Hodgkin's Lymphoma

Hodgkin's lymphoma, also known as Hodgkin's disease, is a type of cancer in the lymphatic system. A rare disease, Hodgkin's lymphoma causes some cells in the lymphatic system to abnormally reproduce, eventually causing tumors to grow and making the body less able to fight infection.

Hodgkin's lymphoma is different from other lymphomas. In most lymphomas, cancer cells make up most of a tumor. In Hodgkin's lymphoma, the cancer cells (usually special cells called Reed-Sternberg cells) only make up a small part of the cells in a cancerous lymph node. The rest of the cells are normal immune cells.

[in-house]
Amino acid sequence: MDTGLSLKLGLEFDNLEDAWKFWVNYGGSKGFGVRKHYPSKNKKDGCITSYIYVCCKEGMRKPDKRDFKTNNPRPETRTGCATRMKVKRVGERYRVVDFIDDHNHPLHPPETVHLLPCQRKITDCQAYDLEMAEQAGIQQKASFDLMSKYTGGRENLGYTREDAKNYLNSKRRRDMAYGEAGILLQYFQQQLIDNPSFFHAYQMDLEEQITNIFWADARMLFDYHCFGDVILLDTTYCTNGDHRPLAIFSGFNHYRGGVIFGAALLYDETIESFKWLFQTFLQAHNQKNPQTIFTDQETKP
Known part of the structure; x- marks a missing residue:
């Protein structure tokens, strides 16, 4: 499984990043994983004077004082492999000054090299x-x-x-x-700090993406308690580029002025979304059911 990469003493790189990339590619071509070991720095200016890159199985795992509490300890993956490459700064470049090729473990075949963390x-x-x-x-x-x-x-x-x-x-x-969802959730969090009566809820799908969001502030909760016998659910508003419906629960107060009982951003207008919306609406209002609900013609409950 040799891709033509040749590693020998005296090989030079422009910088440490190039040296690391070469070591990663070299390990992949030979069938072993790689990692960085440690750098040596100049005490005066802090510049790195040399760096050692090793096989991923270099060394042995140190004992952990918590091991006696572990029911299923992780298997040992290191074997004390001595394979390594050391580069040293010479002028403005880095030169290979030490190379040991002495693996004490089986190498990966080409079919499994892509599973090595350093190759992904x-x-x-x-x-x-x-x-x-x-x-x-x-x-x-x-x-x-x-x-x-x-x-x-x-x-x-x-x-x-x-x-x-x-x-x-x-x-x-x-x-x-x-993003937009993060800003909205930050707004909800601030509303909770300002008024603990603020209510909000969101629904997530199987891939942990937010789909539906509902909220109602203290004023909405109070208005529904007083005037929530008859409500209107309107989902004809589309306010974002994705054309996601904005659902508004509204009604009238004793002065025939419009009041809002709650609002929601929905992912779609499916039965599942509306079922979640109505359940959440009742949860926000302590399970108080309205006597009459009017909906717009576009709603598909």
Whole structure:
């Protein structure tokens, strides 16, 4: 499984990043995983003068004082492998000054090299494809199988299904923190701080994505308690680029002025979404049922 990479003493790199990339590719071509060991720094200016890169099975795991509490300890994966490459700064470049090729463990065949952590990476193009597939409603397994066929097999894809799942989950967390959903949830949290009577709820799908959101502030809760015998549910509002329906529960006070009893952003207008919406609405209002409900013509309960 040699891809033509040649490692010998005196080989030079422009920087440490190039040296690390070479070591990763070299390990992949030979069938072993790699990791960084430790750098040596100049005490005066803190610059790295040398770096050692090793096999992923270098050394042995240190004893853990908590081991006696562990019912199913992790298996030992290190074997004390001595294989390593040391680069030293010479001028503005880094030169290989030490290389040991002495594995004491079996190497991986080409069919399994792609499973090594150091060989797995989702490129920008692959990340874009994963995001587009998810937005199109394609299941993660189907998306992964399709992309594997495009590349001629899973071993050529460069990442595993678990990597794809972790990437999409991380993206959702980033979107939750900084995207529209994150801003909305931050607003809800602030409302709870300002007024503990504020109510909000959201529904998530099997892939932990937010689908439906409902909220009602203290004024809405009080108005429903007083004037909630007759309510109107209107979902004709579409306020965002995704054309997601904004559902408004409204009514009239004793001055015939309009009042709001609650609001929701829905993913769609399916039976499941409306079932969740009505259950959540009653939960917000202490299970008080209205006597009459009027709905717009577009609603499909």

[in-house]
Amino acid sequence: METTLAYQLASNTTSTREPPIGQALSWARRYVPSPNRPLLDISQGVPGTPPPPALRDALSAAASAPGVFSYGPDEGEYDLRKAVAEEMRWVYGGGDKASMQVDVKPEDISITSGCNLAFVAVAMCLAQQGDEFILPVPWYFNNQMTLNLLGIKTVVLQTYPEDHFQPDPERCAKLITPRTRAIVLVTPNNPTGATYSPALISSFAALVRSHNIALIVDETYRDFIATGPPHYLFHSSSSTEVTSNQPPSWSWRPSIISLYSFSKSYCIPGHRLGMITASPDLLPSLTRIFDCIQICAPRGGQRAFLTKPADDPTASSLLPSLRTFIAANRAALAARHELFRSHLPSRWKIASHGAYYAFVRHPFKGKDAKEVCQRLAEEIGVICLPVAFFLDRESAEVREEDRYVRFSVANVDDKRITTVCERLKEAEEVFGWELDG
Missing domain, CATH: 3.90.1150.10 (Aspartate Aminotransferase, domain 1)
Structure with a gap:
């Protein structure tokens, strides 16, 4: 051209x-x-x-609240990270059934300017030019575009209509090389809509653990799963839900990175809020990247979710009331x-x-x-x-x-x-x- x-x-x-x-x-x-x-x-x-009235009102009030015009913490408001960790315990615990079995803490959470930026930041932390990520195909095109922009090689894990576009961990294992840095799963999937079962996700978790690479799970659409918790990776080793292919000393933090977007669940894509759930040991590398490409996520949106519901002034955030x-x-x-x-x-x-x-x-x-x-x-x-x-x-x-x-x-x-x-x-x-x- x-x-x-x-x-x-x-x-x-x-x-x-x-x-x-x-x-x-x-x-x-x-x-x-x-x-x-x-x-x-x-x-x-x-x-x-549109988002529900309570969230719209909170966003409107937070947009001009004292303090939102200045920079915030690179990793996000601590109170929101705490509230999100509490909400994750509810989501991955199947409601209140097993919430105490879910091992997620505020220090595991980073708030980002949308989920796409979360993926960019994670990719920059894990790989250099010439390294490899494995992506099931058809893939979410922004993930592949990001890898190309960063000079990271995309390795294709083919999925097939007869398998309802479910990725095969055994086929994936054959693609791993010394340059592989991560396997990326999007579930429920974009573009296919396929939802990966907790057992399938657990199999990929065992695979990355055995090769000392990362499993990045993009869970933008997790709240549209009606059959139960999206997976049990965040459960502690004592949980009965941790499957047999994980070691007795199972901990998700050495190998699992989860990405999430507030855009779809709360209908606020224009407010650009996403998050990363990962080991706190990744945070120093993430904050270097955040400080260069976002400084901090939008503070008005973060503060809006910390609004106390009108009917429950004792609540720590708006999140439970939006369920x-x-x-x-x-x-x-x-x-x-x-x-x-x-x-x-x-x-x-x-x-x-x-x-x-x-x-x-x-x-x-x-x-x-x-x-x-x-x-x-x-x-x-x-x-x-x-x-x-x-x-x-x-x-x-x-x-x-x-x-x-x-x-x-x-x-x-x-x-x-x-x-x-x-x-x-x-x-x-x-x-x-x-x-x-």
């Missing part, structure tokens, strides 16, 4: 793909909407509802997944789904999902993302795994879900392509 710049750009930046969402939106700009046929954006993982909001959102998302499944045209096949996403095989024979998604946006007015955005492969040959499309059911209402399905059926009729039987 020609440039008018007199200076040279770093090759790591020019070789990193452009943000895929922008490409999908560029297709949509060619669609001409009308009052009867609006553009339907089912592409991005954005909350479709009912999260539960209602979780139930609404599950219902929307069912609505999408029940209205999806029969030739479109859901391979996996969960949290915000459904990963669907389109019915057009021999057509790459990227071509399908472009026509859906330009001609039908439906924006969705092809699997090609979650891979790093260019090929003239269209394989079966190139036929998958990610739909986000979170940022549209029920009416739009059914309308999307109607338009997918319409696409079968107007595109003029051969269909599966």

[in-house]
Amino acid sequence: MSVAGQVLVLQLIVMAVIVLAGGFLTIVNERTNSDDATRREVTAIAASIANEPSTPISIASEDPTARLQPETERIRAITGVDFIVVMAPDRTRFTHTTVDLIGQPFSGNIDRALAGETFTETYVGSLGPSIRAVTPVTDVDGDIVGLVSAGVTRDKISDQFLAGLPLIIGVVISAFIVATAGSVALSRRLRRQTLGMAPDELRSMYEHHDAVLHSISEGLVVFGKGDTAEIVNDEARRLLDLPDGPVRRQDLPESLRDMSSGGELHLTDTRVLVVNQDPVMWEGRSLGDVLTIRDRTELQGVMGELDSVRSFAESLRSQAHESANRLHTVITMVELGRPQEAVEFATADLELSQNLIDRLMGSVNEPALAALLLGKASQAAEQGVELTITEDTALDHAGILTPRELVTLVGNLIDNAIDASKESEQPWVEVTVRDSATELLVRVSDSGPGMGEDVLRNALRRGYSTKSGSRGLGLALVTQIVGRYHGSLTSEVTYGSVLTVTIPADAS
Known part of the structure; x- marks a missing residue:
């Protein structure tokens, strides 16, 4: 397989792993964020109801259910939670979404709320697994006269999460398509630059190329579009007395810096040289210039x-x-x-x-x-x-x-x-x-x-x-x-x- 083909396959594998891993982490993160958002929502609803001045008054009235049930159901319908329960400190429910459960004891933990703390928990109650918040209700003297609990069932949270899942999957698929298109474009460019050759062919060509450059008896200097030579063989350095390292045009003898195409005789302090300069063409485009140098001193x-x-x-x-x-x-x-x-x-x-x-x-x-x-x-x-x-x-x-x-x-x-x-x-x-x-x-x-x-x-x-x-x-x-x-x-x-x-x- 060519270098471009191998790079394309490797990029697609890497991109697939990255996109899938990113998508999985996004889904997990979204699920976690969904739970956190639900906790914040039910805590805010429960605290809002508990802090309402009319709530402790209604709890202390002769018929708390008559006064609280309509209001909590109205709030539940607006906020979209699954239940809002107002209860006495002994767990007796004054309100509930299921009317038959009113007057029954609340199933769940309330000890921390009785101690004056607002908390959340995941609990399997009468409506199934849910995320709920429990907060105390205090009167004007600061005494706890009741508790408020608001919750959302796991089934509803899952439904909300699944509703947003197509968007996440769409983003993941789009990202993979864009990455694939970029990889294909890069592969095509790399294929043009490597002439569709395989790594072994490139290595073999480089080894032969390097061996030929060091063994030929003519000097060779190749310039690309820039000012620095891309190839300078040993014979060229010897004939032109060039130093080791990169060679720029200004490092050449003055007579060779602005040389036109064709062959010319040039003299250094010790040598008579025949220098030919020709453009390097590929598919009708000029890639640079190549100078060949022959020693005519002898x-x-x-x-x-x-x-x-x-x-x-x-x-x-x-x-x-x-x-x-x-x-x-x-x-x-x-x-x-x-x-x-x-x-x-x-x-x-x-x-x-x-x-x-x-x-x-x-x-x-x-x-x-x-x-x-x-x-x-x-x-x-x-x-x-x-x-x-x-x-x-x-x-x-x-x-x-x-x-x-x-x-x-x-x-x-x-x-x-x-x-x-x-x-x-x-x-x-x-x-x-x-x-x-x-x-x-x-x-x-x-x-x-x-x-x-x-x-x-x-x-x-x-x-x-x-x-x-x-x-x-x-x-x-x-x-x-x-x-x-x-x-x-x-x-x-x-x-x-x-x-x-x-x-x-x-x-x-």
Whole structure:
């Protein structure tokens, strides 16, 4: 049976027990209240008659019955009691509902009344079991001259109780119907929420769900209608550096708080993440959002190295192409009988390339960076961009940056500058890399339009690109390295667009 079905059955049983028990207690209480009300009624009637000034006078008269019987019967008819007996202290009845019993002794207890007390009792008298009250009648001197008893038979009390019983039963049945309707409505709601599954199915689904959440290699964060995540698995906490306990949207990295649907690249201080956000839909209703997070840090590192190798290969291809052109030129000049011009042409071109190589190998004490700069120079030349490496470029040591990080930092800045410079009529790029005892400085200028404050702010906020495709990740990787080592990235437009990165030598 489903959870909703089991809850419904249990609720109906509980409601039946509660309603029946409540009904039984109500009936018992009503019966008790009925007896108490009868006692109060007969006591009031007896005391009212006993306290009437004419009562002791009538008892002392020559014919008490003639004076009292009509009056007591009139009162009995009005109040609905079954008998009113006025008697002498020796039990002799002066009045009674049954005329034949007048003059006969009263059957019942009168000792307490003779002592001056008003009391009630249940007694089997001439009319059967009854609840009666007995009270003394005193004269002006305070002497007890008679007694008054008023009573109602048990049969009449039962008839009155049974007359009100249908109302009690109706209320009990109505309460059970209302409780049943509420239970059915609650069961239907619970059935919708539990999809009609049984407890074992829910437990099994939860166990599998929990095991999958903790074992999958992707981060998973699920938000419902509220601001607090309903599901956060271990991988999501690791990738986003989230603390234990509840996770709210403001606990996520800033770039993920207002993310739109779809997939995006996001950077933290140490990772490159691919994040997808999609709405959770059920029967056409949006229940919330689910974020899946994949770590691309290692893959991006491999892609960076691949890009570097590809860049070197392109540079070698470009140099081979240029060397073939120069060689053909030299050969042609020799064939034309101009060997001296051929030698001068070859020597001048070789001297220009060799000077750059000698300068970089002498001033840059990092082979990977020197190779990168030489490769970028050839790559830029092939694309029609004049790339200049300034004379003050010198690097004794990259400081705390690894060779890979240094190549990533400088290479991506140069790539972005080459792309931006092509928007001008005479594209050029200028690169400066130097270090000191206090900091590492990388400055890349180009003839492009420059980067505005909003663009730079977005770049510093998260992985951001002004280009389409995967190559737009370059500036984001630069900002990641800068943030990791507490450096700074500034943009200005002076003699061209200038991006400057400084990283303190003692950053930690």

Hodgkin's lymphoma can usually be cured if found and treated early.

Clinical Trials

Clinical trials are research studies that evaluate a new medical approach, device, drug, or other treatment. As a Stanford Health Care patient, you may have access to the latest, advanced clinical trials.

Open trials refer to studies currently accepting participants. Closed trials are not currently enrolling, but may open in the future.

Before beginning treatment, ask your doctor about any clinical trials you should consider. Learn more about clinical trials for cancer patients.

Clinical trial eligibility flowcharts

Eligibility flowcharts map clinical trials to specific types of cancers to determine if a participant is eligible for the particular clinical trial. View all lymphoma eligibility flowcharts at the Stanford Cancer Institute.

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